*Running election updates below*
Sorry for the rambling post, but I’m writing from a stream of consciousness right now….
Well, here we are on election evening awaiting the closing of the polls and the counting of the votes. I think the reality of the situation is setting in for me as I expect to wake up tomorrow to an entirely different view of Washington… and not necessarily for the better.
But, to be honest, I had this same feeling as I left my precinct as a member of the RNC’s 72 Hour Legal Task Force in 2004 and things turned out alright in the end. But that kind of luck just has to run out, doesn’t it?
The exit polls are rolling in and they look pretty bleak for Republicans. One advantage I had in 2004 was being tied up until well into the evening, so I didn’t catch the minute-by-minute projections throughout the day.
There is some positive news so far… looks like voter turnout was unprecedented. Regardless of who wins, it’s nice to see the electorate finally getting off their asses and participating in the system.
One big difference the world is bound to see, should Republicans lose big, is that it’s unlikely you’ll see mass protests and incessant whining from folks on the Right. We’ll survive, we’ll get over it, and we’ll move on with our lives.
Something I’m curious about, though, with respect to all these allegations of fraud relating to voting machines. (The allegations, of which, have been tossed around ever since Bush became President) What will Democrats say if they win this election bigtime? Will they still allege fraud? Will they call for investigations? Or will they ignore their complaints (some of which have been lodged well in advance of the election) and move along as if there’s nothing to see here? (Update: Michelle addresses this issue)
I remember the Houston Mayoral race in 2001. In the middle of election day, when the incumbent Lee “Out of Town” Brown was behind Orlando Sanchez in the exit polling, several prominent local Democrats, including city councilman Jew Don Boney (yes, that’s his name), were flooding the local television news programs with calls for Justice Department inquiries and lawsuits. They were claiming all sorts of “rampant disenfranchisement of minorities” and “discrimination.” When the night was over, Brown had actually won by about 10,000 votes. Suddenly the Democrats had no interest in the lawsuits and inquiries. But if the discrimination were so rampant and obvious, one would think the lawsuits and investigations ought to continue to insure the integrity of the election process. But no, the Democrats had no use for the courts when they’d won the election… to hell with those that were ‘disenfranchised’ and ‘discriminated’ against.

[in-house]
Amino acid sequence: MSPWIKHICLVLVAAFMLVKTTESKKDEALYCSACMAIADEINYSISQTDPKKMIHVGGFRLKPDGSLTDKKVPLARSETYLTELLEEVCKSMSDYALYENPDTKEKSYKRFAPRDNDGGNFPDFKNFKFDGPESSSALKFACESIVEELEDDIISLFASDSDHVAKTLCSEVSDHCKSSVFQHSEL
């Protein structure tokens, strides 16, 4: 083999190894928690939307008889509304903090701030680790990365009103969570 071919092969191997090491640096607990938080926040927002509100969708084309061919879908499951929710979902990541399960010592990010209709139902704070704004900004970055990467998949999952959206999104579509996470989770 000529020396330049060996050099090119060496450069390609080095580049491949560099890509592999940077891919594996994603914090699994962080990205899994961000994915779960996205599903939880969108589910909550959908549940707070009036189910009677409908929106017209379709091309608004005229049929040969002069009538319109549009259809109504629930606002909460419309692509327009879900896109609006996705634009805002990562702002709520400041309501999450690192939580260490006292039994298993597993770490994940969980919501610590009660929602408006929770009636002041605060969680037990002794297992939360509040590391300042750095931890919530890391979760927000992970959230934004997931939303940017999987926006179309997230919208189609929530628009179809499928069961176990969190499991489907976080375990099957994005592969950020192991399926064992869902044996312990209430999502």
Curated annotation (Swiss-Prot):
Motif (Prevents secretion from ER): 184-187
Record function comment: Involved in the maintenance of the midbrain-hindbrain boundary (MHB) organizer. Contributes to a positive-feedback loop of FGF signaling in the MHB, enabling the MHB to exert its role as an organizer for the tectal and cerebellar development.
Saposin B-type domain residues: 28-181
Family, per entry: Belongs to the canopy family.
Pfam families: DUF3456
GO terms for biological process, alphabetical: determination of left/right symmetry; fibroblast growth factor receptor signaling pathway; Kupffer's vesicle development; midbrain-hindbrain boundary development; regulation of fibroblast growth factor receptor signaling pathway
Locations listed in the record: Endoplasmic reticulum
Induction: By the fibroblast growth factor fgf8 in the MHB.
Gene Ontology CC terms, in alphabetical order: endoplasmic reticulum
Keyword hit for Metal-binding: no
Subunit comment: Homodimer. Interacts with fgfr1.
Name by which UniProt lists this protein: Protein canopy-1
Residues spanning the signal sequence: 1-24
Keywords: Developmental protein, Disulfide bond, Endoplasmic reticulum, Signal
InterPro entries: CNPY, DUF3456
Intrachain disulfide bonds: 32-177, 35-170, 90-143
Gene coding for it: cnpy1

So now it’s time to sit back and watch this sporting event we call politics. The prognosticators and pundits have opined, the candidates have campaigned and the voters have voted. Now we wait for results…
I’ll try to keep up with updates here as they come in…
HotAir has an election day chatroom up and running. Can you read 1,000 words/second?
Key Senate Races
TN: Corker v. Ford - CNN Projects Corker (R) wins
MO: Talent v. McCaskill - CNN Projects McCaskill (D) wins
MT: Burns v. Tester (90%) - Tester (D) wins
VA: Allen v. Webb (99.75%)
(R) Allen - 1,162,327 (49.22%)
(D) Webb - 1,170,686 (49.58%)
Democrats must win both of the remaining 2 to win control of the Senate. If Republicans win 1 of them, they retain control.
As of 11:50 AM CDT 11/08/06, control of the U.S. Senate now comes down to the Virginia race.
MD: Steele loses (or did he?) Yep, looks like he did
CT: Lieberman wins (a referendum on Iraq? He is for it.)- Sorry, nutroots, that makes you zero-for-everything in elections. Great job!